Searching for the Secret River
Searching for the Secret River is a memoir about how I researched and wrote The Secret River.
It shows the research behind the novel, from the transcript of my convict ancestor’s trial at the Old Bailey in 1805, to the facts that contemporary historians are uncovering about violence on the Australian frontier, and reveals the long process of using that research as the basis for a novel. It’s all there – the false starts, the dead ends, the failures and the wanting-to-give-up, as well as the strokes of luck and unexpected gifts from the past.
It also tells the story of my often-confronting journey into the past – both of my family and my country. That journey has given me a very different view of the Australian history I was taught at school and a different perspective on current dilemmas.
For anyone interested in the writing process, especially for historical fiction, Searching for The Secret River gives a unique behind-the-scenes look at a process that only looks simple once it’s finished.
The Problem with Historical Fiction
The Secret River has proved to be controversial among some readers. They feel that fiction is an untrustworthy way to tell stories about the past. A novelist might distort the facts in ways a reader mightn’t be aware of.
I’ve always had the same reservations about historical fiction. The subject matter of The Secret River is so important, and so emotionally and politically charged, that I was uncomfortable turning it into fictioin. Originally I planned to write a non-fiction book, but I came to see that fiction was the only way I could tell the story.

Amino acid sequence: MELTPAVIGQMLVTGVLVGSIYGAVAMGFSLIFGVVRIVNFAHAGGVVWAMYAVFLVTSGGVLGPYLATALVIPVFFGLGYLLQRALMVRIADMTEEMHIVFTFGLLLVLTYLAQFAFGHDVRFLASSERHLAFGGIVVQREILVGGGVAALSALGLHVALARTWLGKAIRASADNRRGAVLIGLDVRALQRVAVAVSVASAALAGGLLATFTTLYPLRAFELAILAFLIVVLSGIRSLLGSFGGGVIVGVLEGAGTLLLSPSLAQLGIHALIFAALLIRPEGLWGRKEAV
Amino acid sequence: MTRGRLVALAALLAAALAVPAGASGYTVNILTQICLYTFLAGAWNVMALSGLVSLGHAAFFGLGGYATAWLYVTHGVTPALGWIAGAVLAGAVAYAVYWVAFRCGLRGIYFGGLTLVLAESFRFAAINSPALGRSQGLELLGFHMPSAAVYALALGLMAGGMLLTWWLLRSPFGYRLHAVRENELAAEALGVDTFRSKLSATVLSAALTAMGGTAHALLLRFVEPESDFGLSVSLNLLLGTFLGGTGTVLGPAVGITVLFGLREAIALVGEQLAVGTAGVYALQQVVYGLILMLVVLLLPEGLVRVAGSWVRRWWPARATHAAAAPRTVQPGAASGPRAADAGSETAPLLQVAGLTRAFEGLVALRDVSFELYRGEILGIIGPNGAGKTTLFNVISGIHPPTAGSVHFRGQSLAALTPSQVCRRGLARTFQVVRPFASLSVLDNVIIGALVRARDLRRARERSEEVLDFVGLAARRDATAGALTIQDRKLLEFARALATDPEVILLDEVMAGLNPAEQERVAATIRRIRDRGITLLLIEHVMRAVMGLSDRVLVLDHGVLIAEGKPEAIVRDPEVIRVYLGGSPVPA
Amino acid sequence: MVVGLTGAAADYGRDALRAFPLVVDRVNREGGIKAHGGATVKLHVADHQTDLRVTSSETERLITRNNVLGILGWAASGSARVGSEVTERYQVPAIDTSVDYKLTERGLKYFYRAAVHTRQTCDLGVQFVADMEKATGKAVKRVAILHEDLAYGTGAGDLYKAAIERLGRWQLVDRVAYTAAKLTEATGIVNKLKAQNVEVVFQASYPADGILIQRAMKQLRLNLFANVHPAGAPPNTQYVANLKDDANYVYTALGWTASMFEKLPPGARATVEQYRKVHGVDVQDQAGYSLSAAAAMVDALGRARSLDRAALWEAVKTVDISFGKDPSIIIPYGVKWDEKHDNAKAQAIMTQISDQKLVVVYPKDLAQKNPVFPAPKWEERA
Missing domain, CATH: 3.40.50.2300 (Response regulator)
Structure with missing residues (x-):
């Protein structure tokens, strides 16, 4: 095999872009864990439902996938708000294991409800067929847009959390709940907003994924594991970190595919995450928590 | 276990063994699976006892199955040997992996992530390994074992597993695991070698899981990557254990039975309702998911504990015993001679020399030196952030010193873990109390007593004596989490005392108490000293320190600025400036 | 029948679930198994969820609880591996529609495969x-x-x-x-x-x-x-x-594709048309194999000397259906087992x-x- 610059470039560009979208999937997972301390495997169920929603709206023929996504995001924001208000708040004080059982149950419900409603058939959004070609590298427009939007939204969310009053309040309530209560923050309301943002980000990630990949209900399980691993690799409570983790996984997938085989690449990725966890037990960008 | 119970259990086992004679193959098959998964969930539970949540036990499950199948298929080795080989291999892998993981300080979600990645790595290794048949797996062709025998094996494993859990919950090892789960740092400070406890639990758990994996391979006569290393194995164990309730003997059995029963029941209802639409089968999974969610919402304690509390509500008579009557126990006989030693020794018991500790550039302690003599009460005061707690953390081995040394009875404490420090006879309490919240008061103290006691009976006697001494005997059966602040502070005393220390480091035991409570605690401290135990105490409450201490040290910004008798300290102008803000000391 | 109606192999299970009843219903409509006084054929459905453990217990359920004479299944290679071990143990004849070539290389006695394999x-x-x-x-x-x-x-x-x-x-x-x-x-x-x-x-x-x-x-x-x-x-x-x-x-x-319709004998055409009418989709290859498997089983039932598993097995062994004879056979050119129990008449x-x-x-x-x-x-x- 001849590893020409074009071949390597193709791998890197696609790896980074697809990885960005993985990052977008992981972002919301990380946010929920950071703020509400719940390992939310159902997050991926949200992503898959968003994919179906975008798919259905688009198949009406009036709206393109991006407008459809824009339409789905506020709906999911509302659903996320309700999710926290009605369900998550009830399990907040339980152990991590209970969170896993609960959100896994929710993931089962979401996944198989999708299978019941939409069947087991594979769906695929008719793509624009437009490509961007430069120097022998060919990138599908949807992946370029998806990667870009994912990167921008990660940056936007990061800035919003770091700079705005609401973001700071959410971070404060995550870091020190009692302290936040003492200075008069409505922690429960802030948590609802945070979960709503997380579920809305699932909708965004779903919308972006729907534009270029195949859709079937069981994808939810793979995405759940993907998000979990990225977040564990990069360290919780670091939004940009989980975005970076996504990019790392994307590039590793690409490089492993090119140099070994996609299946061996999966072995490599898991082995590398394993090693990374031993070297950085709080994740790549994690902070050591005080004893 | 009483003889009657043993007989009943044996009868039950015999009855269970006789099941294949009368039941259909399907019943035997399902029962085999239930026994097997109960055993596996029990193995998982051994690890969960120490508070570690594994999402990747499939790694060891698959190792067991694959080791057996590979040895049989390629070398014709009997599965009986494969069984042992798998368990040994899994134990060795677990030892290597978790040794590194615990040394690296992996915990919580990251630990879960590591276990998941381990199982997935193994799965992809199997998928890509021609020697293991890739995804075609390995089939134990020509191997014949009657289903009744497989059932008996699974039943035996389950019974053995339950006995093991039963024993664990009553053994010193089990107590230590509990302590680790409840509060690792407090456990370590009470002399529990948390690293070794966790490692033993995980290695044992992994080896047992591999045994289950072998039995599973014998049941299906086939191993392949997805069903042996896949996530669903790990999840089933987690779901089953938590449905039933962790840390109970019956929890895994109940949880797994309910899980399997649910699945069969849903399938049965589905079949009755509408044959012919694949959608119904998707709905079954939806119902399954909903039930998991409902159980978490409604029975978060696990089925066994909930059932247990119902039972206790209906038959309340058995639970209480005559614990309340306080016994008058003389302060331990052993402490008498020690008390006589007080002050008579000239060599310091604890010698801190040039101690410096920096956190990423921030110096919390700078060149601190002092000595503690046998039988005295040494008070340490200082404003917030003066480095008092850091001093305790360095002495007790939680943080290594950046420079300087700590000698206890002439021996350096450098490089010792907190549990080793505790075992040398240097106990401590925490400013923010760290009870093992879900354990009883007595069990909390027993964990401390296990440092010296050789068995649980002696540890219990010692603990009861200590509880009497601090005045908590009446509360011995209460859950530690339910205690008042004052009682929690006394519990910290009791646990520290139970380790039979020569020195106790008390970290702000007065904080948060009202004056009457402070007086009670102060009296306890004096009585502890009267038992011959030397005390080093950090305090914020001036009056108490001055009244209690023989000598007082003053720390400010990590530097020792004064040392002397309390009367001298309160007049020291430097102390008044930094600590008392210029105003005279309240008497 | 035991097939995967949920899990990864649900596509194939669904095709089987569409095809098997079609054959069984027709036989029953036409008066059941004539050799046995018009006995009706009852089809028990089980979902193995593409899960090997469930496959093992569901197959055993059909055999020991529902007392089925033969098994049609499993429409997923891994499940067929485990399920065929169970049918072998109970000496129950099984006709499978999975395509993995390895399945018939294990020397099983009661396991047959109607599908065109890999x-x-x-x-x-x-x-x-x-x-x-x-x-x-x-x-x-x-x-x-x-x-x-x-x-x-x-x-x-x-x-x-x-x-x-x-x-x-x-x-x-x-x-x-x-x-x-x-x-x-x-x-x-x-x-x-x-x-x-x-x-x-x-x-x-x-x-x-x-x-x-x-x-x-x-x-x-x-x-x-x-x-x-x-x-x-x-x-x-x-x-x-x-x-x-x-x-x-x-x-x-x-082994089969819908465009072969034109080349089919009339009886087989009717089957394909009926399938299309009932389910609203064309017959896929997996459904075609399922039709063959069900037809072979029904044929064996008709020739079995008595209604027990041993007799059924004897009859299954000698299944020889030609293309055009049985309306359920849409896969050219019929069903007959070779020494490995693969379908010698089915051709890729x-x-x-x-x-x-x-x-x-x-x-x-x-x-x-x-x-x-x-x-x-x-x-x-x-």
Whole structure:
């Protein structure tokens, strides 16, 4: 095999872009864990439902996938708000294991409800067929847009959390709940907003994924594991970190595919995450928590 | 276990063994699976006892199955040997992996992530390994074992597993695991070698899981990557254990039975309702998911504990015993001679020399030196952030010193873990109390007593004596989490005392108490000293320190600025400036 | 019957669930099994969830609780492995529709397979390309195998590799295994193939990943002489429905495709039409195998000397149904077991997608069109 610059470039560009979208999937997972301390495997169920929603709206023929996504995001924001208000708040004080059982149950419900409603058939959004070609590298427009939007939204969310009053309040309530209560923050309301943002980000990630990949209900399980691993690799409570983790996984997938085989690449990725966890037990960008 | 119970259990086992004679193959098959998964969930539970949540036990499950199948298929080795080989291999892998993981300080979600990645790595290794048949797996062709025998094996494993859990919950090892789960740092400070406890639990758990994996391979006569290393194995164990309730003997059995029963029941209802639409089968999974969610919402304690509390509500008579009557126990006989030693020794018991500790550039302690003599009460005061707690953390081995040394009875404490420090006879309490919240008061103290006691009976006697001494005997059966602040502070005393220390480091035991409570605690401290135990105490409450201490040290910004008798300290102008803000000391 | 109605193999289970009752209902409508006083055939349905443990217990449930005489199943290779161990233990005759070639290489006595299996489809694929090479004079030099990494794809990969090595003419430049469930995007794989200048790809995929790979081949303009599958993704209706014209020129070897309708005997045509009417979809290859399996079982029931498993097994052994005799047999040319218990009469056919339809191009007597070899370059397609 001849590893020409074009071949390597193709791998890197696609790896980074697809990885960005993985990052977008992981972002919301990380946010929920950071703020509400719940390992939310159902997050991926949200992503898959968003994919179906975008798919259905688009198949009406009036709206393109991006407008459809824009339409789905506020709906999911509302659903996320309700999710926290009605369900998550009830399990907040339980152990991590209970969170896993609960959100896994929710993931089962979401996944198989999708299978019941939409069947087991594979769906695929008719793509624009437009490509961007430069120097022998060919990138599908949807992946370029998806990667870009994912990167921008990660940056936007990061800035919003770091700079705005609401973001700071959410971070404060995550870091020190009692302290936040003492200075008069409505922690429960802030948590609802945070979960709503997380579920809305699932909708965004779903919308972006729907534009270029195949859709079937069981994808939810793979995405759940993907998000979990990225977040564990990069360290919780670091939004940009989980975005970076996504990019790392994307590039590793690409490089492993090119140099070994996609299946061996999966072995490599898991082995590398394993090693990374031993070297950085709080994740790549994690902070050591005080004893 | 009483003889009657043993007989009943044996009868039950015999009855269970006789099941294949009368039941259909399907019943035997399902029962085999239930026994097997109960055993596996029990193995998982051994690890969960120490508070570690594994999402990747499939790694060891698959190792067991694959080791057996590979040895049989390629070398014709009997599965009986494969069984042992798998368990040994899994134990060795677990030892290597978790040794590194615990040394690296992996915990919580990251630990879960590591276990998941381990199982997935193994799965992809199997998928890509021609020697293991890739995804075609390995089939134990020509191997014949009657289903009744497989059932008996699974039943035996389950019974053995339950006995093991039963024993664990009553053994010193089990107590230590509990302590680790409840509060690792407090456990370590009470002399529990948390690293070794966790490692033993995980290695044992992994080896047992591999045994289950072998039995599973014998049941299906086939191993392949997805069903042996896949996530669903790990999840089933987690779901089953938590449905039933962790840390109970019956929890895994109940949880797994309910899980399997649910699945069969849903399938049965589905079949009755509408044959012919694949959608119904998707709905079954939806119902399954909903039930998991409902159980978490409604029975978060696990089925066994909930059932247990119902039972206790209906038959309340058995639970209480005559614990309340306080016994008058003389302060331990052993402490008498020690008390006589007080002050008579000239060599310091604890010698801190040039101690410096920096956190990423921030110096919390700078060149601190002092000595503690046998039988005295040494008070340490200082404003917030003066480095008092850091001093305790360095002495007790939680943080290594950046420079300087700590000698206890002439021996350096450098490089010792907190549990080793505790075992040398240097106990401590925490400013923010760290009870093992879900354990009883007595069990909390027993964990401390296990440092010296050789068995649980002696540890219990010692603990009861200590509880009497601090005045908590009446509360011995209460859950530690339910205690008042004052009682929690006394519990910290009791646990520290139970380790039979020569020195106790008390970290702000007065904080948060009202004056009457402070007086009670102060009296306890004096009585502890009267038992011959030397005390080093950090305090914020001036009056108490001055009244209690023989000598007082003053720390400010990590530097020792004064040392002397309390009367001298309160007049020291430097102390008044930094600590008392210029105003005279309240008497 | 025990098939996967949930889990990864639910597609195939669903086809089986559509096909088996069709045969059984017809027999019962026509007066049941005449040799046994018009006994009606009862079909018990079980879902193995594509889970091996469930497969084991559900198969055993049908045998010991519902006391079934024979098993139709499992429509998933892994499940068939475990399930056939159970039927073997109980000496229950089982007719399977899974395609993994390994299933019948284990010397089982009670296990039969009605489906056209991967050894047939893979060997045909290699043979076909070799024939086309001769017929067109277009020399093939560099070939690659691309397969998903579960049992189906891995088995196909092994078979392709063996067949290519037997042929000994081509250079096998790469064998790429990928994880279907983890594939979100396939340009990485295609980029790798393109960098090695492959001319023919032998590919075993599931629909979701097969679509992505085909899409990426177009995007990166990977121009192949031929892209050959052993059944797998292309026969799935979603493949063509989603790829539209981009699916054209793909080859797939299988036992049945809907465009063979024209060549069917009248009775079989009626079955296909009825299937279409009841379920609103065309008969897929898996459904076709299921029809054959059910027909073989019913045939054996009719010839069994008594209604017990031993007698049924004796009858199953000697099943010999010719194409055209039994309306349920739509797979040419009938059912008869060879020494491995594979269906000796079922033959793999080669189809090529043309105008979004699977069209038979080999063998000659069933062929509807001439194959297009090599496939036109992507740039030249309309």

That’s why I wrote Searching for The Secret River. I wanted to make the writing process transparent, so readers would know where I’d kept to the historical record and where I’d extrapolated from it – what should be taken as literal truth, and what should be accepted as fiction informed by the facts.
The Secret River started as a search into some family history. My mother had told me stories about the first of our family to come to Australia – my great-great-great grandfather, Solomon Wiseman, was a lighterman on the Thames, stole a load of timber and was transported for the term of his natural life. Within a few years of arriving here, he’d become a free man and “taken up land”, as the euphemism goes, on the Hawkesbury River near Sydney. He went on to make a lot of money and died a wealthy man.
I wanted to find out more about him because – like many Austrralians whose forebears were early settlers – I knew that my present life was built on the back of some dark history. I needed to find out just how Wiseman had “taken up” that land.
Once I started looking, it was surprisingly easy to find out quite a bit about his early life in London and his crime. Old Bailey trials were taken down in shorthand, and transcripts are online now. It was an astonishing feeling to hear my ancestor’s actual words as he tried to defend himself at his trial. From apprenticeship, baptismal and other records, I was able to reconstruct his London life and when I visited the UK I could walk the very streets and wharves where he’d been.